Since then Andrew Ford has rebutted the piece in The Monthly. But the whispers continue, with several insiders getting in touch with Crikey to express their outrage that the “revenge” piece was published without making clear that Evans’ time at Radio National was brief and generally unhappy. Evans was unceremoniously shafted from the job after six months (or as the staff email put  it, “decided she [did] not want to continue in the manager role”) and moved onto a consulting role at News Radio, which she also held relatively briefly. One insider told Crikey that it was acknowledged by management that Evans was a terrible fit for the manager role, and wouldn’t be able to execute the change she was there for. Before her appointment, she’d only worked in print. On Monday, ABC managing director Mark Scott described Evans’ tenure at the ABC thus: “she was there for a short time, not a happy time”. Ouch.

Wyatt has a crush. Everyone seems to be a fan of Julie Bishop at the moment, with glowing features, photo shoots and many articles about emojis. But none more so than Wyatt Roy, if the young Liberal MP’s Facebook page is anything to go by. Roy is quite the social media whiz kid, and a tipster noticed that earlier this week he had posted four times in a row about J-Bish’s visit to Caboolture over the weekend, with many photos of them together, one which he made his cover photo.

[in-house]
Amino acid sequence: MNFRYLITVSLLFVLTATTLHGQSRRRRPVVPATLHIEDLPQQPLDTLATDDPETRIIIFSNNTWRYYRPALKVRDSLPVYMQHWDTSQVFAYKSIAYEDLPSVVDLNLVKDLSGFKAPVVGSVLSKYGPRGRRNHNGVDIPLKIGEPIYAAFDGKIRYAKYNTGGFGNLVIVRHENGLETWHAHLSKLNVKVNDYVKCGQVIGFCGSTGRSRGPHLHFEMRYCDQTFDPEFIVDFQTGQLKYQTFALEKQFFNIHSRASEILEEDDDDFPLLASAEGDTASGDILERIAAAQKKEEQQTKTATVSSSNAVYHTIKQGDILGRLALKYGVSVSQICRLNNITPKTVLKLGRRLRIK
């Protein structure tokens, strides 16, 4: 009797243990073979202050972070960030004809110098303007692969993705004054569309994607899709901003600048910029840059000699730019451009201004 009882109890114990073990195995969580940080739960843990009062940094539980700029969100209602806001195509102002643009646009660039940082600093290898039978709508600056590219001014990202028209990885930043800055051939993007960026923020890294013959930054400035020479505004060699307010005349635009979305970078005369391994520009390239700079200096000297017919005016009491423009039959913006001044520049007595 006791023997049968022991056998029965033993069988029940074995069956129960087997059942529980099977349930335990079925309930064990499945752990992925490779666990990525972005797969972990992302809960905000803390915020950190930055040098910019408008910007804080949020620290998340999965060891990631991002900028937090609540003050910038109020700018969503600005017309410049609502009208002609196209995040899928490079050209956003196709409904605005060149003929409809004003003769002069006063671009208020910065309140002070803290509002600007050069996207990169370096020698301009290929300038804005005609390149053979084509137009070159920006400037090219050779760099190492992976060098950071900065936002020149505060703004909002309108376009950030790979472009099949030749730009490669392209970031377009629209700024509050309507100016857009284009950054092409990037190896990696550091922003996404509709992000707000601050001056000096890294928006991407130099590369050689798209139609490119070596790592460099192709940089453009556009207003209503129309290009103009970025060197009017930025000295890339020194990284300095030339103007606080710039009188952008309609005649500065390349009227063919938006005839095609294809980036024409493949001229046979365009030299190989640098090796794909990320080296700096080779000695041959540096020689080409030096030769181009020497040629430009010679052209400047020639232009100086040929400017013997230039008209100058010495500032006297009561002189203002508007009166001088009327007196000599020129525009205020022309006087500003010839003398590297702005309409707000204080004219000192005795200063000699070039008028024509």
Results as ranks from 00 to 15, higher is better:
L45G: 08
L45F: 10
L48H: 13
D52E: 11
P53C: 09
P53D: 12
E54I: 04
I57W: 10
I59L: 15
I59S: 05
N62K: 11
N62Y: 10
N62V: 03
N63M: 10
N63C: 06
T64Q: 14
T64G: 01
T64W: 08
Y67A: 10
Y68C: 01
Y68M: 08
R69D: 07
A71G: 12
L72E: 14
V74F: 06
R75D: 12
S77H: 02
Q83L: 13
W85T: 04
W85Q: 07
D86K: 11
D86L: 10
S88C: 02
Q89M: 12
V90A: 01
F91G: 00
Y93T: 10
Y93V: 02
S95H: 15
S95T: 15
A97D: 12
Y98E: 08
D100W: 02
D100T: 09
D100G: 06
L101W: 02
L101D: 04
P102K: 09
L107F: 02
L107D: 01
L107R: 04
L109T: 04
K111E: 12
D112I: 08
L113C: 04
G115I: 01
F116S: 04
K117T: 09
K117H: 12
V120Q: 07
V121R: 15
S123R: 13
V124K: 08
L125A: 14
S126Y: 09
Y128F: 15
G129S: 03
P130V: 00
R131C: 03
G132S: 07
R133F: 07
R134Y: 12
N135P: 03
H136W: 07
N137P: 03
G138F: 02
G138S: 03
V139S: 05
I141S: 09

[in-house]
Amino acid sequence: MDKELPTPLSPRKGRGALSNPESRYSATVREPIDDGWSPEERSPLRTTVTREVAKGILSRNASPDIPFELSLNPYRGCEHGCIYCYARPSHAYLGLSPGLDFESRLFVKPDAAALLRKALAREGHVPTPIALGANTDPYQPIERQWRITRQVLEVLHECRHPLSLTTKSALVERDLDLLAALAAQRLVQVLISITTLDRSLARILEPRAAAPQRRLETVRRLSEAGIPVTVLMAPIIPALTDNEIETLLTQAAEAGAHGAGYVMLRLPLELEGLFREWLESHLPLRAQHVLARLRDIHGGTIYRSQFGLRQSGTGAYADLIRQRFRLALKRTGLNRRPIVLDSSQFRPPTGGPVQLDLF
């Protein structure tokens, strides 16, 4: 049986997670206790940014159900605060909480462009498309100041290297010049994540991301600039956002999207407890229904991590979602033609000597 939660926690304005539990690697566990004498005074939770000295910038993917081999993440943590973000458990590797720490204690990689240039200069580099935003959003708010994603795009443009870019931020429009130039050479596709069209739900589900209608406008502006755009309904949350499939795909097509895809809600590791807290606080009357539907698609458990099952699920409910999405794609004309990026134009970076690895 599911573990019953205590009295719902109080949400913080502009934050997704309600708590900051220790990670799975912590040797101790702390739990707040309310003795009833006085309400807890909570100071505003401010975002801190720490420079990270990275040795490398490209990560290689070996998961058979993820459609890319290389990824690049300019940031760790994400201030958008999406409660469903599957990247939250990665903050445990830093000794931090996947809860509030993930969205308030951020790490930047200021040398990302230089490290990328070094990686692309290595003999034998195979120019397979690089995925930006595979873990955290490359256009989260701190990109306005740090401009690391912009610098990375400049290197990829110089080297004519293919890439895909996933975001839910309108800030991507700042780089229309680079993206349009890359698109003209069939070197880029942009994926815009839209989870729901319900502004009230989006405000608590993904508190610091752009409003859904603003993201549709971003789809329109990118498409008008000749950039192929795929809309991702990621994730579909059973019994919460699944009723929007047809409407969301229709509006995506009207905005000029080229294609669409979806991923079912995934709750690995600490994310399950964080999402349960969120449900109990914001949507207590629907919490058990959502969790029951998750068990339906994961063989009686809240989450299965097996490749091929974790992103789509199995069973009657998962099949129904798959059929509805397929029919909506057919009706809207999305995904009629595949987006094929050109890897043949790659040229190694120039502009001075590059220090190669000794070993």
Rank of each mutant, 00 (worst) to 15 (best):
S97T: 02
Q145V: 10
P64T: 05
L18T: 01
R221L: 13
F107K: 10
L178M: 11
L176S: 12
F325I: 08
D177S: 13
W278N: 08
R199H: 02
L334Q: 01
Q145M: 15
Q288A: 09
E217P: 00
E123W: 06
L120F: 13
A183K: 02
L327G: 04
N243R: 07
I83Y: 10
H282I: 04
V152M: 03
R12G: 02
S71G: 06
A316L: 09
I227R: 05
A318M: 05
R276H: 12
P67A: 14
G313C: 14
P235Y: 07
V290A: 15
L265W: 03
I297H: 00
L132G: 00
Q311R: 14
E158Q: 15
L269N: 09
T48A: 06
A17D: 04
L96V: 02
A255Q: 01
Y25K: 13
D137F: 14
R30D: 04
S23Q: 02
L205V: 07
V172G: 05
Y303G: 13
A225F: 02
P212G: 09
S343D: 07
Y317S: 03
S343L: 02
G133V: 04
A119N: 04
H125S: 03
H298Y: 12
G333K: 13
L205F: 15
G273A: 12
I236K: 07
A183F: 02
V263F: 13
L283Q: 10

Brace yourselves. We ran a tip on Monday that touted Gareth Harvey to replace Mark Llewellyn as executive producer of Channel Seven’s Sunday Night, after Llewellyn was boned over a “punch up” with reporter Paul Waterhouse and wondered how on earth such an incident could have happened. We hear from an insider that Waterhouse was pitching a story at the time and what has been reported all over the media as a “punch up” wasn’t like that at all — it was an unprovoked attack. We’re still not sure what was said that turned the exchange physical, but our tipster says “Maybe Llewellyn’s teeth were sore because he recently got braces?”

Stock policies. The Victorian ALP released its environmental policies late yesterday afternoon, with so little fanfare one could be forgiven for thinking they were trying to hide the lack of substance there. One tipster found the promise to “restart the industry and support thousands of jobs by reducing the dwelling buffer zone for wind projects from 2km to 1km and opening the doors for community wind farms in the Macedon Ranges” sounded a little hollow, as it sat next to this fake-looking picture of a wind farm.

A quick search shows the image is from a gallery of stock images online. Is it really that hard to find a picture of actual wind turbines in Victoria?

Catwalks of power continued. Politicians are continuing to wear outfits designed by local designers as part of a push to support local businesses, and today we feature this effort by Labor’s Richard Marles. Pollies will be hoping they’ve packed more than one locally sourced outfit this week, as we hear the venture is being militantly pushed by Labor MP Julie Owens. One tipster has also pointed out that the Shop Small initiative isn’t quite as small and unassuming as it makes out to be — it’s an advertising ploy by American Express to get customers to use their cards in small businesses. Now the only trick is to find a small business that will actually accept an Amex.

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Peter Fray
Peter Fray